The Supreme Court has managed to avoid the issue of abortion since 2007, but in a four-sentence order issued Monday afternoon temporarily blocking a Texas law, it all but promised the issue will be taken up in the next term, just in time for the 2016 presidential election.
Hundreds of new abortion restrictions have passed in states around the country since the court last weighed in, each baiting the justices to revisit their abortion precedent -- threatening to shut down dozens of clinics in the meantime. No law has been more immediately devastating than Texas's omnibus abortion law, part of which the justices just put on hold.
Thanks to the fifth vote of Justice Anthony Kennedy, Texas has been blocked from enforcing a law dictating that abortions can only take place in expensive mini-hospitals, which major doctors' associations say is medically unnecessary. Without explaining the justices' reasoning, the order says, "The Chief Justice, Justice Scalia, Justice Thomas, and Justice Alito would deny the application" to block the 5th Circuit Court of Appeals' determination that the law doesn't violate women's constitutional rights.
The order says the law is only blocked until the justices can decide whether to take the case. It takes four votes for the Supreme Court to decide to hear a case. If the law goes into effect, only nine clinics in Texas can comply and stay open, in a state with 5.4 million women of reproductive age.
Texas Republican Gov. Greg Abbott released a statement vowing a vigorous defense of the law. "Texas will continue to fight for higher-quality healthcare standards for women while protecting our most vulnerable – the unborn, and I’m confident the Supreme Court will ultimately uphold this law," he wrote.
This is the second time the Supreme Court has blocked this exact same law, at an earlier round of litigation in October 2014. (At that stage, only three justices openly dissented from blocking the law. This time, Chief Justice John Roberts added his name.) The court in 2014 allowed a previous provision of the same law requiring abortion providers to have admitting privileges at local hospitals to go into effect, effectively cutting the number of clinics in the state from 40 to 20. The combined effect of both provisions would be to close nearly 80 percent of Texas's legal abortion clinics since the law was passed in 2013 over a highly publicized filibuster by Sen. Wendy Davis.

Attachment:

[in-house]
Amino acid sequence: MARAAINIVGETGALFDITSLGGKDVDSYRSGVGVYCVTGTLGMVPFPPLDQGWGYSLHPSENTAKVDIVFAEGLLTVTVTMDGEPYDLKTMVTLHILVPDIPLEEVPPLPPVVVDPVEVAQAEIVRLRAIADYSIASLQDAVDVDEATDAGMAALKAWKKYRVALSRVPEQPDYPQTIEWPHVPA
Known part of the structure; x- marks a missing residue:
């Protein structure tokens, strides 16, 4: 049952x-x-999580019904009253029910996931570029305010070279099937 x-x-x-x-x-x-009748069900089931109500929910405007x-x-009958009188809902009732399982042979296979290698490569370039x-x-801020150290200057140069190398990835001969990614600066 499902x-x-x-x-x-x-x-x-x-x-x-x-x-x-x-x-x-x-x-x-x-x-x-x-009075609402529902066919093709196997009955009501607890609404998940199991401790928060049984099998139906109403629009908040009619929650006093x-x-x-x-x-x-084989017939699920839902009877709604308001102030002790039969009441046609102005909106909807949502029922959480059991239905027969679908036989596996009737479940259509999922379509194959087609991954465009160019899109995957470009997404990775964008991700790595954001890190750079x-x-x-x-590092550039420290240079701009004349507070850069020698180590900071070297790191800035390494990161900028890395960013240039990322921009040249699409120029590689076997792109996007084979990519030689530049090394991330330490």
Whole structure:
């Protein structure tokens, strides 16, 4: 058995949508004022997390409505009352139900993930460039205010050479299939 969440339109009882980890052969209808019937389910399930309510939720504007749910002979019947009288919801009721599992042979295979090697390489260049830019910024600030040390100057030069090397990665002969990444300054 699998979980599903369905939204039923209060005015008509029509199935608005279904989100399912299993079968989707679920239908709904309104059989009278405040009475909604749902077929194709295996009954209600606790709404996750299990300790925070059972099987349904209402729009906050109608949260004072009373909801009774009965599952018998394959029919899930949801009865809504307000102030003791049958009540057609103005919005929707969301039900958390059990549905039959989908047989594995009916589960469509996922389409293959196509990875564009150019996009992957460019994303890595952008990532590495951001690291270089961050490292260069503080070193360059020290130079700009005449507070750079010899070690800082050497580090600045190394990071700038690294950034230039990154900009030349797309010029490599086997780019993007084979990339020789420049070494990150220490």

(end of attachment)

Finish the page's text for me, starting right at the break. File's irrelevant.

After a trial, a district court judge said the provision requiring all abortions to take place in ambulatory surgical centers violated women's rights, but on June 9, the 5th Circuit Court of Appeals signed off on it. The Supreme Court was the clinics' last hope to stay open.
The court still hasn't announced whether it will take a case on a different kind of clinic regulation that would have closed the last abortion provider in Mississippi. Final word is expected on the orders from this term's petitions on Tuesday. Attorneys for the clinics are hoping the court chooses the Texas case, because they won the Mississippi case and it is in a less developed stage procedurally.
“The justices have preserved Texas women’s few remaining options for safe and legal abortion care for the moment. Now it’s time to put a stop to these clinic shutdown laws once and for all,” said Nancy Northup, president and CEO of the Center for Reproductive Rights, in a statement.
Laws like Texas's are known in the abortion rights community as TRAP laws (for targeted regulation of abortion providers). They are passed in the name of women’s safety, ultimately make abortion impossible to access. They represent an innovative strategy by abortion opponents who have been unable to convince the court to let them ban abortion outright.